James Taylor Sues Warner Bros. Records for Nearly $2 Million (Exclusive)
Folk rock artist says he should be getting more in royalties from digital downloads.
Add James Taylor to the list of musicians suing record labels over royalties from iTunes and other digital outlets.
The famed singer-songwriter filed a complaint against Warner Bros. Records on Thursday in Los Angeles Superior Court claiming approximately $2 million in damages. The new lawsuit is among many in recent months to take issue with the way record companies treat digital income.
Taylor, who was inducted into the Rock & Roll Hall of Fame in 2000 with such hits as "You've Got a Friend," "Sweet Baby James" and "Carolina in my Mind," signed his first deal in 1969 when his production company entered into a distribution agreement with Warner Bros.' predecessor company. The contract was amended in 1972.
Like many musicians, Taylor got a deal that treated records "sold" different than when recordings were "licensed." The royalty rate for Taylor for sales is between 10 to 12 percent. The royalty rate for licenses is 50 percent of net receipts.
In the late 1970s, Taylor left WBR for Columbia Records. In 1979, Taylor and WBR executed a "termination and settlement agreement" that provided for continued payments with some modifications as well as auditing rights. In 2002, the parties made another amendment to their agreement with new rates so that a new "Greatest Hits" album could be released and old albums could be remastered and reissued, but WBR never re-released the albums, and Taylor says the 2002 agreement doesn't apply.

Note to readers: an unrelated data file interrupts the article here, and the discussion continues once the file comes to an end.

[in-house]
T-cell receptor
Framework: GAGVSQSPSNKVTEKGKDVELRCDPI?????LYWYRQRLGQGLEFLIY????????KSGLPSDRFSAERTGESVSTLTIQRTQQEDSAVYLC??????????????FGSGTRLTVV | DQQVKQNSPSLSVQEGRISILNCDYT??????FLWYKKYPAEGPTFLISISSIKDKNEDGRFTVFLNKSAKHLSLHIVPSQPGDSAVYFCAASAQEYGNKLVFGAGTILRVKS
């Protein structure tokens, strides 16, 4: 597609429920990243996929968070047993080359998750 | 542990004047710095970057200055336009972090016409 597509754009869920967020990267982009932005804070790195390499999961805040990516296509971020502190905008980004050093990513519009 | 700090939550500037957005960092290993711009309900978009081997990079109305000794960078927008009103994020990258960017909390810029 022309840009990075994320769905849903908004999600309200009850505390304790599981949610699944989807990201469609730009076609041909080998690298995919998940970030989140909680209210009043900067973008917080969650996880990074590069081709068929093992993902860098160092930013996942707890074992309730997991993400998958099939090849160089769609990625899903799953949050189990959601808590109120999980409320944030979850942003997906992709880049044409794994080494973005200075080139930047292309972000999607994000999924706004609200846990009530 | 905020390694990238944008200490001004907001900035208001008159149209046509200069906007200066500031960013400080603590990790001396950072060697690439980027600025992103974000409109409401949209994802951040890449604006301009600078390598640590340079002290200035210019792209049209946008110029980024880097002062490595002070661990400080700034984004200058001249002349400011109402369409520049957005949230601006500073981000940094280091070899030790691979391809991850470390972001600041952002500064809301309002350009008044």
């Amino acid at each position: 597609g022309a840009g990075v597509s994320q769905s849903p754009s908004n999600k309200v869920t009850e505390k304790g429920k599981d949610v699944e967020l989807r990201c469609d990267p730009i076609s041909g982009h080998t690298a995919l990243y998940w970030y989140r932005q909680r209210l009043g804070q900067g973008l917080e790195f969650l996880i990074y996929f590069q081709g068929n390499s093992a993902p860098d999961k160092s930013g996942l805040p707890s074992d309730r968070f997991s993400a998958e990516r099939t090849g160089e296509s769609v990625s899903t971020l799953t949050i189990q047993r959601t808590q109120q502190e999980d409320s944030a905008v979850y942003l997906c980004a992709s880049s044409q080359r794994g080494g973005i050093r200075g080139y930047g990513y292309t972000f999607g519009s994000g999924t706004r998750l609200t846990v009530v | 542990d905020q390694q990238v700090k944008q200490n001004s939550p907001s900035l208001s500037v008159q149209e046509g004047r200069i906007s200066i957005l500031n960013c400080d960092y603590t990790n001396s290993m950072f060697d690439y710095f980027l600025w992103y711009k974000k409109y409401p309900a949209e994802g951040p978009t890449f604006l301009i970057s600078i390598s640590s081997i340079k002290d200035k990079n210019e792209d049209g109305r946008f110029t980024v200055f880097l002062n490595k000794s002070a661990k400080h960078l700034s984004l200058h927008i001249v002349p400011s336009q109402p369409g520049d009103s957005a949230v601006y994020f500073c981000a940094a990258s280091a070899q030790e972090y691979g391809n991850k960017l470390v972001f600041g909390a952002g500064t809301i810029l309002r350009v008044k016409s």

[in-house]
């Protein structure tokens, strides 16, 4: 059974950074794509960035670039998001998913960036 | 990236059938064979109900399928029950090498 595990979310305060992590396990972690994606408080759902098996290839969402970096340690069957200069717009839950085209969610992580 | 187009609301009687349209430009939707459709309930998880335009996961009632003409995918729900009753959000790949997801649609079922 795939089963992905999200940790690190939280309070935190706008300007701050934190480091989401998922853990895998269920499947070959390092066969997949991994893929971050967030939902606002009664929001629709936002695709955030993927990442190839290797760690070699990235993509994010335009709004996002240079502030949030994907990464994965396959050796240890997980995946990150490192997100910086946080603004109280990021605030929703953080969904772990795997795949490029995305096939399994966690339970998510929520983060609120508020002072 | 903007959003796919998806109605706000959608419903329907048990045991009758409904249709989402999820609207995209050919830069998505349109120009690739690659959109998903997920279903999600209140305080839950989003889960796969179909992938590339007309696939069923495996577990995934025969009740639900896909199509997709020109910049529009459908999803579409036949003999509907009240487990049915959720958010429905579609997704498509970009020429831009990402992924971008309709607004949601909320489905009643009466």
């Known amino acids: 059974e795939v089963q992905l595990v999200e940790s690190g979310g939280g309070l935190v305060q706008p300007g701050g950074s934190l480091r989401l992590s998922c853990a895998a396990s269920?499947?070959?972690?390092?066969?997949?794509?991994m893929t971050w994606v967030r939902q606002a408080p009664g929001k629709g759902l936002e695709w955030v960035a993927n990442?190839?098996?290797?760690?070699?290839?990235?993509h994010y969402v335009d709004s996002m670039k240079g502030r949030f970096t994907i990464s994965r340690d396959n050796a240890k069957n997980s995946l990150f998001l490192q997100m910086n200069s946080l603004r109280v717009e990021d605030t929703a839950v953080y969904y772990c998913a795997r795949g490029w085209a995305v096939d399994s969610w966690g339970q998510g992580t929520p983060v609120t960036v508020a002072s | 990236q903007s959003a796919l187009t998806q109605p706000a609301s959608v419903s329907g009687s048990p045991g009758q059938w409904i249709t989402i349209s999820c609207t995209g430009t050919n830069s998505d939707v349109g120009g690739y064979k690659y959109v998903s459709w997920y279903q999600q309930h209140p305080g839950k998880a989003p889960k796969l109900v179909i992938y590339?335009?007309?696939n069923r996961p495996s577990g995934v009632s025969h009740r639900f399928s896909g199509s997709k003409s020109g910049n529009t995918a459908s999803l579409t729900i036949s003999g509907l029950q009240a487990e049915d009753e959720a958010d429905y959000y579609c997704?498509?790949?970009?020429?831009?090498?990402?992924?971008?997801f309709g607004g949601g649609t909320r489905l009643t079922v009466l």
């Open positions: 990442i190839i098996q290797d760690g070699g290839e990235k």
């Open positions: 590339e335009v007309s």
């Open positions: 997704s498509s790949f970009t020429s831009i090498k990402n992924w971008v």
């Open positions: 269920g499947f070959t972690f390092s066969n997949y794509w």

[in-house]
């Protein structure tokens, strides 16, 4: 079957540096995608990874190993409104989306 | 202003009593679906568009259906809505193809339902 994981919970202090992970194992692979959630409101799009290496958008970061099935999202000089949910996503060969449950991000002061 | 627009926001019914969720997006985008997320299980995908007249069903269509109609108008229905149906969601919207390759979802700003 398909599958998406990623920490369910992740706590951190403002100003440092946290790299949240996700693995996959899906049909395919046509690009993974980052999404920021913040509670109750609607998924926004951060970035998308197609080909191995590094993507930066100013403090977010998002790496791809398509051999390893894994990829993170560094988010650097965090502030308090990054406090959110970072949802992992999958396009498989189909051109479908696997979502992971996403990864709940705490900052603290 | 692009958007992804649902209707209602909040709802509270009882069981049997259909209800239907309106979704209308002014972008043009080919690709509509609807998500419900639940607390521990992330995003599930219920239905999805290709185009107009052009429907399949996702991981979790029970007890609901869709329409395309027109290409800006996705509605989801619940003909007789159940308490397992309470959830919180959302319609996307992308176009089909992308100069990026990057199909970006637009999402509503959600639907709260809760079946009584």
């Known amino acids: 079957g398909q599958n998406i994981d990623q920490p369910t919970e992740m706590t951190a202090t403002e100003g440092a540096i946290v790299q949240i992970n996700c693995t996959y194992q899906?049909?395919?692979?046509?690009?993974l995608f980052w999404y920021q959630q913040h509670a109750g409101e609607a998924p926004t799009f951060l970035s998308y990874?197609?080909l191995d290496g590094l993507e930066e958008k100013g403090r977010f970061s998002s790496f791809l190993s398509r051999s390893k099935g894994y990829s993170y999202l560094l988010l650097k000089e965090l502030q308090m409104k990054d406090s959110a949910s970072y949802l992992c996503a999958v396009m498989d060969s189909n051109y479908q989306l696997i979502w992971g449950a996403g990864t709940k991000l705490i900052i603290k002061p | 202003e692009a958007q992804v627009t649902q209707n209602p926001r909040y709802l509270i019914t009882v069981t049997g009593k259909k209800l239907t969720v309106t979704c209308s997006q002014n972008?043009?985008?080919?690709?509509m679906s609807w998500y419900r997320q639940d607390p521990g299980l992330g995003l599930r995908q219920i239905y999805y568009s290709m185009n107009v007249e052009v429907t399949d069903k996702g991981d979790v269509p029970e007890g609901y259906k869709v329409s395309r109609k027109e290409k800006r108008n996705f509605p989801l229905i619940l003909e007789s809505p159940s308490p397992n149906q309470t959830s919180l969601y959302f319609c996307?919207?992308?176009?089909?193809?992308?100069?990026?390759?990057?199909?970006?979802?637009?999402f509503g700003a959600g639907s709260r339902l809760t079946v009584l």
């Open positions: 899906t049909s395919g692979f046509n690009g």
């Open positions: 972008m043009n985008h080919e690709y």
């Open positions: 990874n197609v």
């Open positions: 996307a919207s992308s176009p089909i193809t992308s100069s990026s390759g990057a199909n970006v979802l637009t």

Under the auditing rights from the 1979 settlement, Taylor has been auditing WBR's accounting since 2008.
The results of two audits have purportedly turned up several forms of underpayment.
This includes smaller ticket items like foreign receipts, budget sales and the unauthorized use of Taylor's songs on certain compilation albums. It also includes intriguing items like an alleged smaller-than-expected share of proceeds from WBR's $110 million settlement with Napster (Taylor got 0.24 percent instead of the claimed amount, approximately 0.33 percent).
But the biggest pot of money comes over the issue of whether Taylor should be splitting money equally with WBR whenever a consumer downloads one of his old songs from iTunes, Verizon and other digital or mobile outlets.
Others have sued over this same issue, including Kenny Rogers, Chuck D, Rob Zombie, Rick James, Sister Sledge, Peter Frampton, George Clinton and on and on...
Many of these lawsuits, including the latest from Taylor, mention the case brought by Eminem's producers and the 2010 decision at the 9th Circuit Court of Appeals suggesting digital downloads should be treated as "licenses."
WBR hasn't yet responded to a request for comment, but according to the lawsuit, the record company denies that downloads off of digital outlets require a 50 percent share. In addition, the parties have had discussions about this for some time and in 2010 entered into a tolling agreement to extend the statute of limitations on claims to Sept. 14, 2012. At the deadline, Taylor decided to bring the lawsuit.
"Warner Bros.' failures have created a dispute of almost $2,000,000 with respect to Warner Bros.' breach of the Distribution Agreement and its various Amendments."
Taylor is represented by Paul Duvall and Richard Busch at King & Ballow.
E-mail: firstname.lastname@example.org; Twitter: @eriqgardner
Sundance: On the Scene